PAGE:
Tomonaga Tejima, a Japanese national and Yale graduate, moved to India three years ago when the pharmaceutical company he worked with posted him to Ahmedabad. Concerns about “food and education” in the city, however, prompted him to settle his family in Gurgaon.
“A lot of Japanese people I know who were posted in other cities had also made the same decision. We felt the atmosphere in Gurgaon is a lot more cosmopolitan than other Indian cities as so many foreigners reside here. Since my children are young, I wanted to make sure they had access to good education and hospitals. So I moved them to Gurgaon and travelled back and forth on the weekends,” he says.
Tejima has since left his job in Ahmedabad and has taken up permanent residence in Gurgaon, where he runs a Japanese takeaway restaurant called ‘Sushi Junction’. Apart from catering to the Japanese community in the city, his restaurant also attempts to promote Japanese cuisine among Indians by adding a twist to traditional Japanese dishes.
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Like Tejima, several other Japanese people have also chosen to live in Gurgaon. Most of them are here on employment visas. According to official records, there are more than 8,000 Japanese nationals registered in Gurgaon, with over 2,000 coming into the city in 2014 and 2015.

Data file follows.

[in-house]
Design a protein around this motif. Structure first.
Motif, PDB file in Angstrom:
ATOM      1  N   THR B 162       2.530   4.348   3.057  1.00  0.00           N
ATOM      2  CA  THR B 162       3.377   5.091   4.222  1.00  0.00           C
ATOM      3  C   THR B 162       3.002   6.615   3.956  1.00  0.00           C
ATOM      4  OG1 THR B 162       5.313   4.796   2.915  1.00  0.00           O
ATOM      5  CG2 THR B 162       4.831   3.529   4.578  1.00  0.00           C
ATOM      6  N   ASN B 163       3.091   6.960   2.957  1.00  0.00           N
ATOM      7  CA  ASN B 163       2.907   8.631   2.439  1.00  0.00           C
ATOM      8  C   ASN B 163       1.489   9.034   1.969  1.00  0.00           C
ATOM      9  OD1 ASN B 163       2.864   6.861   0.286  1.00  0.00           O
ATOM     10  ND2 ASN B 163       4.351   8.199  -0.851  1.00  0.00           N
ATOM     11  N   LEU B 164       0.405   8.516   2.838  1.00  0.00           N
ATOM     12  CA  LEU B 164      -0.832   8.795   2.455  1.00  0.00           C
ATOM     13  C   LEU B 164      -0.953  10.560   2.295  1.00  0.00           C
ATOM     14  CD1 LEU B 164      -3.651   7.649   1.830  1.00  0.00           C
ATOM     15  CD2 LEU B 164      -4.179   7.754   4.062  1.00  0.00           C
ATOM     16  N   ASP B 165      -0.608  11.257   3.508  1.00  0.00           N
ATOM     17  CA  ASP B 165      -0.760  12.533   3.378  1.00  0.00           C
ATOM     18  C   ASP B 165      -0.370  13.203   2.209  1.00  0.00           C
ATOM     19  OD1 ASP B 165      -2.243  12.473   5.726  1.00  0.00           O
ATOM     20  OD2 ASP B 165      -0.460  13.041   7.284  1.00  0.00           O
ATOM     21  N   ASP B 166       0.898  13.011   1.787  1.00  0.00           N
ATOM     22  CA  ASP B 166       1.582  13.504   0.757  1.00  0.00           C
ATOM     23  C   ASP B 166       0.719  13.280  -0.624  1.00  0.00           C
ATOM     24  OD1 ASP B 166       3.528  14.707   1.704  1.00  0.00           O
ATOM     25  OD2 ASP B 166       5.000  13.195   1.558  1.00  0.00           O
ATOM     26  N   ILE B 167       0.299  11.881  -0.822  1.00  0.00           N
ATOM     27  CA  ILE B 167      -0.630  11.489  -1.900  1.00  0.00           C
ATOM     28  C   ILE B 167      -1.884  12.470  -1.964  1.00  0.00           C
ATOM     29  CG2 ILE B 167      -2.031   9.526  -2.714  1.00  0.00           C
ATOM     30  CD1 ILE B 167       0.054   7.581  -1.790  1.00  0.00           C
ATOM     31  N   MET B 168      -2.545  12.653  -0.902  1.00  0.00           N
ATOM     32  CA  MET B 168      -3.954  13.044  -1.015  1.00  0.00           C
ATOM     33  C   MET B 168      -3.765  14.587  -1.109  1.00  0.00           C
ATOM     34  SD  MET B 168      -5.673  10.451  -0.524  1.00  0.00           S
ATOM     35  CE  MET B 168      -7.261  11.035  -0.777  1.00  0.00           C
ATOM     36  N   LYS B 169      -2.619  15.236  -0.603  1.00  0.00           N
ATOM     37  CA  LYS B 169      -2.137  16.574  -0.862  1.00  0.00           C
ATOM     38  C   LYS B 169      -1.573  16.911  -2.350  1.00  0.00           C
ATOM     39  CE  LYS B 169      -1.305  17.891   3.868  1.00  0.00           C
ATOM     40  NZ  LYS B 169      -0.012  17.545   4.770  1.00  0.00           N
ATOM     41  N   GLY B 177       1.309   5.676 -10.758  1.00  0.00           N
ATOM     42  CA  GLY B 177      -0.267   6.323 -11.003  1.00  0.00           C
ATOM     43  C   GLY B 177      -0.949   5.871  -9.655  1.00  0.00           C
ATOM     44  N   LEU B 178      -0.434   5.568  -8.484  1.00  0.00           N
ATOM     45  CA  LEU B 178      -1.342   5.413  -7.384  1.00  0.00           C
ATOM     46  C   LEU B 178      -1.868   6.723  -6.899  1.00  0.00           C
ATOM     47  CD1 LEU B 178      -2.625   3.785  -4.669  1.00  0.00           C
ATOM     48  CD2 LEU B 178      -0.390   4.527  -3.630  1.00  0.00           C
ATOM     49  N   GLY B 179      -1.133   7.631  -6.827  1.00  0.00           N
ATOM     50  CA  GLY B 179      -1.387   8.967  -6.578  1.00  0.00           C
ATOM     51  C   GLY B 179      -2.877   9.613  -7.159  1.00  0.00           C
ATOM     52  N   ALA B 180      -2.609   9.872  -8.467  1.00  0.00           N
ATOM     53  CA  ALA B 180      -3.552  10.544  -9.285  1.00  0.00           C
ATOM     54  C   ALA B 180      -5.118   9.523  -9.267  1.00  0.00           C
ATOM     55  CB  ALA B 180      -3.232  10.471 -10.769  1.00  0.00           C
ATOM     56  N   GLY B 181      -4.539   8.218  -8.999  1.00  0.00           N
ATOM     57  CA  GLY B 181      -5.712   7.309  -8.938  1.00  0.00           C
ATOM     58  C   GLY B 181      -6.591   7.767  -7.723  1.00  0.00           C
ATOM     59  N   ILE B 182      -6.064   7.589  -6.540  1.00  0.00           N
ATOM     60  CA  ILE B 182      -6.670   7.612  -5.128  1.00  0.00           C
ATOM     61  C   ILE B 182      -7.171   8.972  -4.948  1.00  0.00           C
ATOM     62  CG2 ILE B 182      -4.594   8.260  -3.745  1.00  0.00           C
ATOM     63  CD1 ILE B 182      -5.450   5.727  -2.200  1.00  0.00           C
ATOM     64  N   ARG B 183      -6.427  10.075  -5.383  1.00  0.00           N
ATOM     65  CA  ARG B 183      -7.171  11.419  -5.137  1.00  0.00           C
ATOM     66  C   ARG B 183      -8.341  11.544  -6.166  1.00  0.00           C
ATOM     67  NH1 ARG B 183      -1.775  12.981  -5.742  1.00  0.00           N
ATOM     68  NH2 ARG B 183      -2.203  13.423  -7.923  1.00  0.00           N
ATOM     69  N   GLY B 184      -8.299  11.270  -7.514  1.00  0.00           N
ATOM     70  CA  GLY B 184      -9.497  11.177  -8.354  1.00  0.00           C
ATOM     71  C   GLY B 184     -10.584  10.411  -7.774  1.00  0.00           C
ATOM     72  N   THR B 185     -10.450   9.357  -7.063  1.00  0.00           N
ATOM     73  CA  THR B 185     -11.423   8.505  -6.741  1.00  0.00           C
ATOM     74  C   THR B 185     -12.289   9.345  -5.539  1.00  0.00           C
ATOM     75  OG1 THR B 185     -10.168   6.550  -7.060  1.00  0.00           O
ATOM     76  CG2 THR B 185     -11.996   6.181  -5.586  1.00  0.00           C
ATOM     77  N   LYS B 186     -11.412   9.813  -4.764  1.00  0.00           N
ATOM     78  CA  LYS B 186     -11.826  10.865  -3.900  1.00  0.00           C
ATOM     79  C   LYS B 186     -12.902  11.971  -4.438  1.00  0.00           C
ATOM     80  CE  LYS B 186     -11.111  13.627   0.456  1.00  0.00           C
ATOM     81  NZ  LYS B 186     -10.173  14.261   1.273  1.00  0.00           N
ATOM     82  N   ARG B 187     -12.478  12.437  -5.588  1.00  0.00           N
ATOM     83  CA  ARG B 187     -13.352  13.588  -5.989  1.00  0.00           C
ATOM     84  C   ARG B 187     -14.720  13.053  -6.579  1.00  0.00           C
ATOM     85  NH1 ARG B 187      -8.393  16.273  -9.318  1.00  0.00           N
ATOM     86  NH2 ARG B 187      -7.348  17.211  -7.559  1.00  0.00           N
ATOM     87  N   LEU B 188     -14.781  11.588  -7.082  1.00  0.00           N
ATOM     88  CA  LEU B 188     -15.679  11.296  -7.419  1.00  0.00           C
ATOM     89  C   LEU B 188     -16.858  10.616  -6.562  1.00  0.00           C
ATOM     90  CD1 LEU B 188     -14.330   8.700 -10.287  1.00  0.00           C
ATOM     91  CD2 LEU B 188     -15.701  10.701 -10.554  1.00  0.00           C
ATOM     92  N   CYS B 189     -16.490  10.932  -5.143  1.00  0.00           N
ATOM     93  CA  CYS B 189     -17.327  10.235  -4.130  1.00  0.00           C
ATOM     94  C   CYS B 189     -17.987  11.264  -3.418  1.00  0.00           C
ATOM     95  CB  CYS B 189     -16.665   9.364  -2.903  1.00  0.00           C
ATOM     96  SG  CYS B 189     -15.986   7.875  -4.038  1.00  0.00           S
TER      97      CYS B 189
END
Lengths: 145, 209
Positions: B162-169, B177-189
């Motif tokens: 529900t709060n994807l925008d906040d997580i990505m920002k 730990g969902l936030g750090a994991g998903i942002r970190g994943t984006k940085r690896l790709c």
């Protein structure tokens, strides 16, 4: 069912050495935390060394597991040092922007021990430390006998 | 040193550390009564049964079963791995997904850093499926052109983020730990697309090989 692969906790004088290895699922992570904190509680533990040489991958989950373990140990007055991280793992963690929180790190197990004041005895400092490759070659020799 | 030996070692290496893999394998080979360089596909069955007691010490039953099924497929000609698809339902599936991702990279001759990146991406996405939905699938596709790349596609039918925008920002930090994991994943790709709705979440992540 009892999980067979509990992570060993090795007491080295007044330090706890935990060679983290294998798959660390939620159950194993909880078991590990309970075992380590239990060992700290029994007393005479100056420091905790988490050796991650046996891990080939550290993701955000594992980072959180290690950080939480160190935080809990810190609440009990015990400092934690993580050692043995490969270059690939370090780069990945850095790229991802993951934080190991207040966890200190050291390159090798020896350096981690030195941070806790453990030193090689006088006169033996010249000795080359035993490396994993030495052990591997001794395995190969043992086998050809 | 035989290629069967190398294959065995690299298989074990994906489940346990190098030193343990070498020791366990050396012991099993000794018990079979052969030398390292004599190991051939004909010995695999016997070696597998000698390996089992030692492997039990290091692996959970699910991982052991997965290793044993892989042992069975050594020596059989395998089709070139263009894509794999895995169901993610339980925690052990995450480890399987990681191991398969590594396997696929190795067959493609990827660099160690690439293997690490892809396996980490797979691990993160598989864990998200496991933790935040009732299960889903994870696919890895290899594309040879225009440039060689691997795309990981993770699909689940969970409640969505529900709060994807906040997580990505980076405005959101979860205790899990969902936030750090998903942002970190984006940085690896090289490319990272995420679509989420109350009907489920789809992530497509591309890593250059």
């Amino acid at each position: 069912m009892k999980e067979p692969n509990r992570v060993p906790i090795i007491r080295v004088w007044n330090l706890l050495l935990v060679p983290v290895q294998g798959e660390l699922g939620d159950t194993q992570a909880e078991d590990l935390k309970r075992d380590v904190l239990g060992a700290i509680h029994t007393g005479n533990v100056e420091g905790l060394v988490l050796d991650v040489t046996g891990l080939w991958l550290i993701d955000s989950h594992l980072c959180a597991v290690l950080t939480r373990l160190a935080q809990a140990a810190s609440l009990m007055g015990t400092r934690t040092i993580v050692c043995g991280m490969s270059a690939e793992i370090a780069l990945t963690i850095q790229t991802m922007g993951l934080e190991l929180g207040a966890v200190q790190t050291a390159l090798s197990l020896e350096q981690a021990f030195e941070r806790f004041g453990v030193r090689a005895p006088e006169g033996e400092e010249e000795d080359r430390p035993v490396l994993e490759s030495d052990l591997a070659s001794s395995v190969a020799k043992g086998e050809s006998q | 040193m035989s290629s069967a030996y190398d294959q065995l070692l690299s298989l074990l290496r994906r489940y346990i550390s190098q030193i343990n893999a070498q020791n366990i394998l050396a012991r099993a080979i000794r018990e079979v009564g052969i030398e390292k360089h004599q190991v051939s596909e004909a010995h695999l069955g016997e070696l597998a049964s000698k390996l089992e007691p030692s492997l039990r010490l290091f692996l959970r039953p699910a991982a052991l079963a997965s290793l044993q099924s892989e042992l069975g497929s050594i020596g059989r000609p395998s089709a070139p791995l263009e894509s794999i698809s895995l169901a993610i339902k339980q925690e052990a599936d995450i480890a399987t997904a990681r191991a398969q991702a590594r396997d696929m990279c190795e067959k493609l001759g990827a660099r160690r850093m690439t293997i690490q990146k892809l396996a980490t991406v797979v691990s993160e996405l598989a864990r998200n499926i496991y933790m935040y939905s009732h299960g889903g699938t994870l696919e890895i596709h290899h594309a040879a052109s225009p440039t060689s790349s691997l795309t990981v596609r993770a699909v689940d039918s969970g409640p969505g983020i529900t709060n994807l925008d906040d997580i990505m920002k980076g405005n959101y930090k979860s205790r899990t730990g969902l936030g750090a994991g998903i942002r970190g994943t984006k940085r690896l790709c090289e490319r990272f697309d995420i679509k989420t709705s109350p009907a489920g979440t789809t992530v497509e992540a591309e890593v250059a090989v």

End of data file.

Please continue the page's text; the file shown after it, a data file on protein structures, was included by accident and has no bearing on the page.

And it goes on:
Most members of the community opt to reside in gated societies and send their children to international schools. A real estate manager said, “A majority of the Japanese people who use our services choose to reside in gated condominiums along Golf Course Road as they are cosmopolitan in nature and safe.”
The steady increase in the number of Japanese nationals in Gurgaon has lead to a simultaneous proliferation of Japanese stores and restaurants in the city, creating a thriving Japanese sub-culture. Magazines published in Japanese are also in circulation. One such publication is Sivance, a bi-monthly lifestyle magazine.
“We publish the magazine to familiarise Japanese nationals with the NCR and help them adjust to India,” says Taiga Haraga, who works for the magazine.
While they speak favourably about the city, Japanese nationals do admit that it is not without flaws. While Tejima feels the “environment for business” is a “little problematic”, other residents complain about more immediate issues such as safety, especially for women, as well as dirt and pollution.
Despite these issues, Gurgaon continues to attract hundreds of Japanese nationals every year.